Tell us how you know your senses are valid?
How do you know Occam's Razor is a way to know truth? Your senses did not tell you this, which defeats refutes your own sense-base epistemology. I accept your concession of defeat.
How do you know "extraordinary claims require extraordinary evidence? Again, your senses did not tell you this, so you are again refuting your own epistemology. And how do you what an "extraordinary claim" is? And this is actually nonsense, for any claim merely requires sufficient evidence, no matter what you think of the claim.
Which of your senses told you that your senses perceive in extreme detail, whatever that is, what is a complex fabrication, that it has mistakes, etc. And which of your senses told you detail is less likely to be a fabrication? If you cannot tell me which sense, you have again refuted your own view.
And to verify your senses with the supposed senses of others cannot be done without using your senses. To verify your senses with your senses is to irrational beg the question.
I am still waiting on your rational method of knowing truth from fiction. Good luck. Your first effort was a bust.
Occam's Razor isn't based on the senses and was actually developed by a mathematician and is based on logic. Say that you are walking and see your shoes untied. Keep in mind I am not saying this actually happened, I am only giving you a hypothetical thought experiment. What is more likely, that they came undone by themselves or that someone secretly untied them while your were walking? Obviously the former is because it most simply lines up with the evidence without making assumptions. What about the theory that aliens untied my shoes? This makes even more assumptions and is even less likely. This theorem works because more complicated explanations make more assumptions and if they lack evidence this makes them less likely.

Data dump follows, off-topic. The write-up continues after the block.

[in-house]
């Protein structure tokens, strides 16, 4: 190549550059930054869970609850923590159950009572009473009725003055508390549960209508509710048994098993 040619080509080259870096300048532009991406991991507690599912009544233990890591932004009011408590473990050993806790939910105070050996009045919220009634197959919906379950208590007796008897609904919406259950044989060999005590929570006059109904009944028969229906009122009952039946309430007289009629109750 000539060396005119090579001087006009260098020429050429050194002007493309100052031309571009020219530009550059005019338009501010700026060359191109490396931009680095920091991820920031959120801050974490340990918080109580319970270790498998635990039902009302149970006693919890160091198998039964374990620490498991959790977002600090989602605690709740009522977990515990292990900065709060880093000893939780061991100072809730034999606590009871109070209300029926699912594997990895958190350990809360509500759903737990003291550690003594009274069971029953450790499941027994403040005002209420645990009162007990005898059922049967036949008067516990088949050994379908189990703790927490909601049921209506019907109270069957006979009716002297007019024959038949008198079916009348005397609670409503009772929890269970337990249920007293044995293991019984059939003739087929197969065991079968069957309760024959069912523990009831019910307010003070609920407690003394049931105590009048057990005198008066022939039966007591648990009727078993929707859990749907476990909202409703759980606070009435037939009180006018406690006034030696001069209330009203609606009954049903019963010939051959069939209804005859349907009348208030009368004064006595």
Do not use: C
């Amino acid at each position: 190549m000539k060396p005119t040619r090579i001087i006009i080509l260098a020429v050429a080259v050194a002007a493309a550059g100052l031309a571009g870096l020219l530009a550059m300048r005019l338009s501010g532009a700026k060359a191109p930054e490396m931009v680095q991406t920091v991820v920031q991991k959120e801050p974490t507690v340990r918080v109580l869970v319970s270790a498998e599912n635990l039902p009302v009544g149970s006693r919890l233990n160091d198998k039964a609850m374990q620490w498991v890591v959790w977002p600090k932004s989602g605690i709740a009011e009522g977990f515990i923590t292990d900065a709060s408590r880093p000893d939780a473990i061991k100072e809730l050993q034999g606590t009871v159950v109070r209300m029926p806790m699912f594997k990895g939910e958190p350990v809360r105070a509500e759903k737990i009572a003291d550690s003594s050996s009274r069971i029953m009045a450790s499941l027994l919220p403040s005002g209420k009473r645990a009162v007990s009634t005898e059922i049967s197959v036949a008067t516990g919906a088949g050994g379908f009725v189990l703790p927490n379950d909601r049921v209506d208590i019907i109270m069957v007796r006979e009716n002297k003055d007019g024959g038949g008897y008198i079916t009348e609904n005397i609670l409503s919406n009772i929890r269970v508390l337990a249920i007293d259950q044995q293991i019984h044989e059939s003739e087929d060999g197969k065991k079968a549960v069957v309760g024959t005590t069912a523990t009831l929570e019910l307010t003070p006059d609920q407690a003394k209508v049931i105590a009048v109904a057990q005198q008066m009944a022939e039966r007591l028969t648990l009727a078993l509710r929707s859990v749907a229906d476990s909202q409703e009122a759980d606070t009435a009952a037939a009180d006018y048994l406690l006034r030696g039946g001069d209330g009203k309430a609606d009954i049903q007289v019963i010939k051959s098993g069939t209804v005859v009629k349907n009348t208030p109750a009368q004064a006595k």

For another thought experiment lets say I told you I found a cat in my yard. You would probably believe me. If I said I found an alien in my yard, you wouldn't even be satisfied by seeing a picture. This is because extraordinary claims require extraordinary evidence. This is true for a similar reason as Occam's razor. More extraordinary claims tend to make more assumptions, which make them less likely if they are not confirmed.
To say that our senses aren't real requires an elaborate hoax where every detail was constructed to fool us, and it is so perfectly designed that there aren't any mistakes. There are a ton of assumptions here, including the assumption there is a real world beyond the one we experience.